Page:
Voice over Internet Protocol (VoIP) calls are made using the internet. Calls such as these are even less frequently known as Voice over Broadband (VoB) Voice over Networks (VoN), or Internet Telephony; I wonder why none of those stuck?
VoIP basically lets you make ‘free’, or very low cost, mobile and landline calls via the Web.
Yes, any telephone in the world can call you and you can do likewise, irrespective of the kind of apparatus, tech or network being used.
Because internet telephony, utilises Session Initiation Protocol (SIP) technology, this means that many new elements and services, such as voicemail, voicemails sent to email, music on hold, or call divert, that used to be impossible, or just incredibly expensive using the old-fashioned land-line, are now available.
So How Does VoIP Work?
Basically, your voice is converted from an analogue signal into a digital one. Digital data is then sent over the internet just like any other digital data, images or documents for example.
The best way to think about this is that your internet connection uses the same wires as your normal landline which is already used to transmit all kinds of things such as ordinary calls, faxes, e-mail, IM, or web pages, the difference is simply what is attached to the wires.
All of this can be a little confusing and sometimes you don’t actually need to know the specifics, I’ll bet you didn’t know the technology you regularly use is called TDM (Time Division Multiplexing) because you don’t need to, and your phone still works.
People incline toward the belief that VoIP is about free calls, and while to a large degree, that is true, calls are ‘free’, they’re not truly free; you’ve already paid for them through a broadband or data subscription.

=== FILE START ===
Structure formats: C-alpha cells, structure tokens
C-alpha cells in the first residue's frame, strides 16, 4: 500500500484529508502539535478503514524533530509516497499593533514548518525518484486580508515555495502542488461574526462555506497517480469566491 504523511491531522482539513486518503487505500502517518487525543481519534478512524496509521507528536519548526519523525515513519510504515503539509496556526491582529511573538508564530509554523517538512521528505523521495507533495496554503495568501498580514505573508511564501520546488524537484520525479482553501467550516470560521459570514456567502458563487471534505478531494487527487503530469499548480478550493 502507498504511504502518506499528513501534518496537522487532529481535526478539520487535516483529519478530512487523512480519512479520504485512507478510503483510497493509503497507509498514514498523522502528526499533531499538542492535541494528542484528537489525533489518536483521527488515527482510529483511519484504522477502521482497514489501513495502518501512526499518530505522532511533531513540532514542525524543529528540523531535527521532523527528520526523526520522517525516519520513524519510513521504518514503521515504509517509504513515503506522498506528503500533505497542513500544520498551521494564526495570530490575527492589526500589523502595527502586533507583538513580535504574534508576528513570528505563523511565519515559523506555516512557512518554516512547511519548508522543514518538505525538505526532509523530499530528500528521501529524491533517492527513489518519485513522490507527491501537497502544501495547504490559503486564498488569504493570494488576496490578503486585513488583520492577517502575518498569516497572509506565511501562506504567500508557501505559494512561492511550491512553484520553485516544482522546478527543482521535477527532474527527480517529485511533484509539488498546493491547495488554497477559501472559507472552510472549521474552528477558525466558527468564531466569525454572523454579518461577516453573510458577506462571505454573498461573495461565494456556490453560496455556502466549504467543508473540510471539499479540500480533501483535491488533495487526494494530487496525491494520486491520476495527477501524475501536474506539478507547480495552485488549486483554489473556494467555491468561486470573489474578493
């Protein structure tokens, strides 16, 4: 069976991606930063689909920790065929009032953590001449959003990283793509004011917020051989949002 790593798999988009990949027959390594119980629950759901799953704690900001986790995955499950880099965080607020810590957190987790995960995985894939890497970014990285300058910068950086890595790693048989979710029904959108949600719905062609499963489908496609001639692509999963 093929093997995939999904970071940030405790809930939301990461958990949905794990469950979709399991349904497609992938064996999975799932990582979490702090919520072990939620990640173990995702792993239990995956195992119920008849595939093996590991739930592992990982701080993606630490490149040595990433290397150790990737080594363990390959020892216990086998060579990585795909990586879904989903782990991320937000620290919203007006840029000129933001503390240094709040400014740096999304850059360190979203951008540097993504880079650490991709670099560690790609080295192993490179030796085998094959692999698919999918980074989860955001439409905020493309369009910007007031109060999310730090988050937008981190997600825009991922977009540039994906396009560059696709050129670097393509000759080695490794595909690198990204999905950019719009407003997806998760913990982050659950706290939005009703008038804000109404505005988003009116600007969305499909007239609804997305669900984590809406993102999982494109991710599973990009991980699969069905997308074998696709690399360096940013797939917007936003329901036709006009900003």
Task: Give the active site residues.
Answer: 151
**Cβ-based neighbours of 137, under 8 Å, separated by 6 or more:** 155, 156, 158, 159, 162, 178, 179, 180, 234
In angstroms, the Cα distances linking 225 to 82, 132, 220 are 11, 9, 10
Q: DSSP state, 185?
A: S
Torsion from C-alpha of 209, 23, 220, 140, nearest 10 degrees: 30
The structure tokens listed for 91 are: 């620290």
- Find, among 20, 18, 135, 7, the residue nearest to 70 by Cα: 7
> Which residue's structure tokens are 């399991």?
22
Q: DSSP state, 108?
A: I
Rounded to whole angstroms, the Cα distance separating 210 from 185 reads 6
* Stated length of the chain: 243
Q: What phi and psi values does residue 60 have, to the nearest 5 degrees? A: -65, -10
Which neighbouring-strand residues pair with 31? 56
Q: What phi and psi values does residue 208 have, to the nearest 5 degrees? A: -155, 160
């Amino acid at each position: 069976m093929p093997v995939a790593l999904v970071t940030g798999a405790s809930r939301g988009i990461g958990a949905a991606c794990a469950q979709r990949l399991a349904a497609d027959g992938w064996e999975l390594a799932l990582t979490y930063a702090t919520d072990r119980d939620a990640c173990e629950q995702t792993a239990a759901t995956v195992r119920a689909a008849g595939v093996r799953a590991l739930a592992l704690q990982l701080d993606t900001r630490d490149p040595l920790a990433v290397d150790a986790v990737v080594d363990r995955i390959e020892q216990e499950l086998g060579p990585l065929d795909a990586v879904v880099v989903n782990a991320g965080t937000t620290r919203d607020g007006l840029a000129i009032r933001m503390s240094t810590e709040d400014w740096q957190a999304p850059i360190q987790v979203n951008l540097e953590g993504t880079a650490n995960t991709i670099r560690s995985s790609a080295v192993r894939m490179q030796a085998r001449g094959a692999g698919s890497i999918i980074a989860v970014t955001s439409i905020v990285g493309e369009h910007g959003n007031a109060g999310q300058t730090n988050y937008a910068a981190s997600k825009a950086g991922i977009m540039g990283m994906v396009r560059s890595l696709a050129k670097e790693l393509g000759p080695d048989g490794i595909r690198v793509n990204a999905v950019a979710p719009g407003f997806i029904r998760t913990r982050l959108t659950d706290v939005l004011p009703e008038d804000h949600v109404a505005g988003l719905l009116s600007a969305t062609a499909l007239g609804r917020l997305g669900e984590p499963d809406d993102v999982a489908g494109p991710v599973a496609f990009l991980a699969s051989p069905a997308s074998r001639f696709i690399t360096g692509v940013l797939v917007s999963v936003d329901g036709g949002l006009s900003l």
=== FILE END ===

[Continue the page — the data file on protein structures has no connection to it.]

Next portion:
How Can I Make a VoIP Call?
The variability of your VoIP system means it could be:
- a phone and a VoIP adapter (a special adapter which lets you use VoIP from a standard landline, plugged into either a phone socket or your router).
- a computer program, including Messenger (by Facebook) WhatsApp, Skype (which can be used to call landline as well as mobile numbers) or Apple’s FaceTime. Phoning someone who has the app is free, but calling a land-line will often incur a small cost.
- or a smartphone, calling certain apps.
Linix offers the latest in Voice over Internet Protocol (VoIP) system technology and can save you money on your phone systems, regardless of organisation size.
You can continue to use your current number, so there is no lost business due to change over.
Linix’s VoIP systems are completely flexible and have a wide range of features including;
- digital displays for caller ID
- call forwarding
- call holding
- recorded calls
- conference calls
- and much more.
Voice over Internet Protocol (VoIP) uses your Wi-Fi to convert analogue sound waves into digital code, meaning you don’t have call disruptions or poor line quality, a call through VoIP is indistinguishable from an ordinary phone call and if two people are using VoIP phones, the call quality has better clarity than a telephone call, because radio quality sound is transmitted end to end at digitally at 64kbs.
The basic form of VoIP uses your computer as a phone and you can get a software telephone, a softphone, to utilise this, clicking on-screen and typing the number you want to dial or open a directory, using the speakers and microphone, or a basic headset to talk and listen.
For business users, better organisations use VoIP telephones or telephone adapters, built specifically for this purpose. The obvious benefits are; ease of use, convenience and call quality, your traditional telephone system is then still operative and PCs can be used for their primary function with no disruption to staff.